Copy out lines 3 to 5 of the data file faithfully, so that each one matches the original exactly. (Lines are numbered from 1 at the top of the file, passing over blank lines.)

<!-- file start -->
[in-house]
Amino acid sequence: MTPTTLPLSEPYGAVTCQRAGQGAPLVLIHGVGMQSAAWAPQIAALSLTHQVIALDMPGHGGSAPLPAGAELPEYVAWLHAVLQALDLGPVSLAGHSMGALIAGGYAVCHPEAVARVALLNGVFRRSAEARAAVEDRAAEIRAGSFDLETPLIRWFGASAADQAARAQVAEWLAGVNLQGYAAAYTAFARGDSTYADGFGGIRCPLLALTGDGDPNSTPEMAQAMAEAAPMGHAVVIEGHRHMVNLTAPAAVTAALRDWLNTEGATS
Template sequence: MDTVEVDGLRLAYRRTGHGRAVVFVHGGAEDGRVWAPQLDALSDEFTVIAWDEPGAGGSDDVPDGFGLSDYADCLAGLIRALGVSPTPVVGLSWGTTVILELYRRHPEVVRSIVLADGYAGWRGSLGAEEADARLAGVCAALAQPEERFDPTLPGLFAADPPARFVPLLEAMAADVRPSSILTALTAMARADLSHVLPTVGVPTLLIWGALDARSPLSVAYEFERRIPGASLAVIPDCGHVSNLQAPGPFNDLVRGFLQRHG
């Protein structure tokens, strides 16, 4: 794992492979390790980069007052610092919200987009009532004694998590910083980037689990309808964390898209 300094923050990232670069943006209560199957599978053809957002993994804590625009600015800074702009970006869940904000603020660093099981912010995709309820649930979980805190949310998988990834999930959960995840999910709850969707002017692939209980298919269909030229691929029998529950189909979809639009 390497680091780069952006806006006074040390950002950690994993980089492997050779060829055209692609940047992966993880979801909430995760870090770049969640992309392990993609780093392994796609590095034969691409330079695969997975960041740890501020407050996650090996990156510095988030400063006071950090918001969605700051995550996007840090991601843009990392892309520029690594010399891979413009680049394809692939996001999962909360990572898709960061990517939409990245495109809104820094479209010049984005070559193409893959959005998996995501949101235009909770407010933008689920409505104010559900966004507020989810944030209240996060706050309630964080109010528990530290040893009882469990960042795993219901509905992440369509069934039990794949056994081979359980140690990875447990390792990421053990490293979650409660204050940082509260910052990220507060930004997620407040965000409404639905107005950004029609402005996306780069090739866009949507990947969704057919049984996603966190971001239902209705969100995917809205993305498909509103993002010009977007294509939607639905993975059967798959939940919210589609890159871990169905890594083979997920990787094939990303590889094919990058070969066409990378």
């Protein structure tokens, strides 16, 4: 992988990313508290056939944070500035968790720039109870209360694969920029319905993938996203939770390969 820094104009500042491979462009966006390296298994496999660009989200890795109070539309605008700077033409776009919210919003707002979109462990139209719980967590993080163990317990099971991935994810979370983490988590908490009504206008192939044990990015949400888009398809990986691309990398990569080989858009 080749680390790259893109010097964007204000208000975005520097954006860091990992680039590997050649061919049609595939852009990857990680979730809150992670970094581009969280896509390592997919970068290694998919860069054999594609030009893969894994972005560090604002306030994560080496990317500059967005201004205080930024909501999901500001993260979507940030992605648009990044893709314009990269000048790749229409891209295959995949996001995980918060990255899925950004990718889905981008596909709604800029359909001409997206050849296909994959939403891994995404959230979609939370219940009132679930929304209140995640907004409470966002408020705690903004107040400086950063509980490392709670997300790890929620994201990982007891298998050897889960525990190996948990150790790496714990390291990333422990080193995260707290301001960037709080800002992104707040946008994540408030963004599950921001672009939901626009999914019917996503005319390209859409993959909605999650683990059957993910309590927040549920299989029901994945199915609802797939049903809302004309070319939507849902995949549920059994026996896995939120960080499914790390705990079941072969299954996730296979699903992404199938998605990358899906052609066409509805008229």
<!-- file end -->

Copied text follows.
Template sequence: MDTVEVDGLRLAYRRTGHGRAVVFVHGGAEDGRVWAPQLDALSDEFTVIAWDEPGAGGSDDVPDGFGLSDYADCLAGLIRALGVSPTPVVGLSWGTTVILELYRRHPEVVRSIVLADGYAGWRGSLGAEEADARLAGVCAALAQPEERFDPTLPGLFAADPPARFVPLLEAMAADVRPSSILTALTAMARADLSHVLPTVGVPTLLIWGALDARSPLSVAYEFERRIPGASLAVIPDCGHVSNLQAPGPFNDLVRGFLQRHG
């Protein structure tokens, strides 16, 4: 794992492979390790980069007052610092919200987009009532004694998590910083980037689990309808964390898209 300094923050990232670069943006209560199957599978053809957002993994804590625009600015800074702009970006869940904000603020660093099981912010995709309820649930979980805190949310998988990834999930959960995840999910709850969707002017692939209980298919269909030229691929029998529950189909979809639009 390497680091780069952006806006006074040390950002950690994993980089492997050779060829055209692609940047992966993880979801909430995760870090770049969640992309392990993609780093392994796609590095034969691409330079695969997975960041740890501020407050996650090996990156510095988030400063006071950090918001969605700051995550996007840090991601843009990392892309520029690594010399891979413009680049394809692939996001999962909360990572898709960061990517939409990245495109809104820094479209010049984005070559193409893959959005998996995501949101235009909770407010933008689920409505104010559900966004507020989810944030209240996060706050309630964080109010528990530290040893009882469990960042795993219901509905992440369509069934039990794949056994081979359980140690990875447990390792990421053990490293979650409660204050940082509260910052990220507060930004997620407040965000409404639905107005950004029609402005996306780069090739866009949507990947969704057919049984996603966190971001239902209705969100995917809205993305498909509103993002010009977007294509939607639905993975059967798959939940919210589609890159871990169905890594083979997920990787094939990303590889094919990058070969066409990378």
């Protein structure tokens, strides 16, 4: 992988990313508290056939944070500035968790720039109870209360694969920029319905993938996203939770390969 820094104009500042491979462009966006390296298994496999660009989200890795109070539309605008700077033409776009919210919003707002979109462990139209719980967590993080163990317990099971991935994810979370983490988590908490009504206008192939044990990015949400888009398809990986691309990398990569080989858009 080749680390790259893109010097964007204000208000975005520097954006860091990992680039590997050649061919049609595939852009990857990680979730809150992670970094581009969280896509390592997919970068290694998919860069054999594609030009893969894994972005560090604002306030994560080496990317500059967005201004205080930024909501999901500001993260979507940030992605648009990044893709314009990269000048790749229409891209295959995949996001995980918060990255899925950004990718889905981008596909709604800029359909001409997206050849296909994959939403891994995404959230979609939370219940009132679930929304209140995640907004409470966002408020705690903004107040400086950063509980490392709670997300790890929620994201990982007891298998050897889960525990190996948990150790790496714990390291990333422990080193995260707290301001960037709080800002992104707040946008994540408030963004599950921001672009939901626009999914019917996503005319390209859409993959909605999650683990059957993910309590927040549920299989029901994945199915609802797939049903809302004309070319939507849902995949549920059994026996896995939120960080499914790390705990079941072969299954996730296979699903992404199938998605990358899906052609066409509805008229």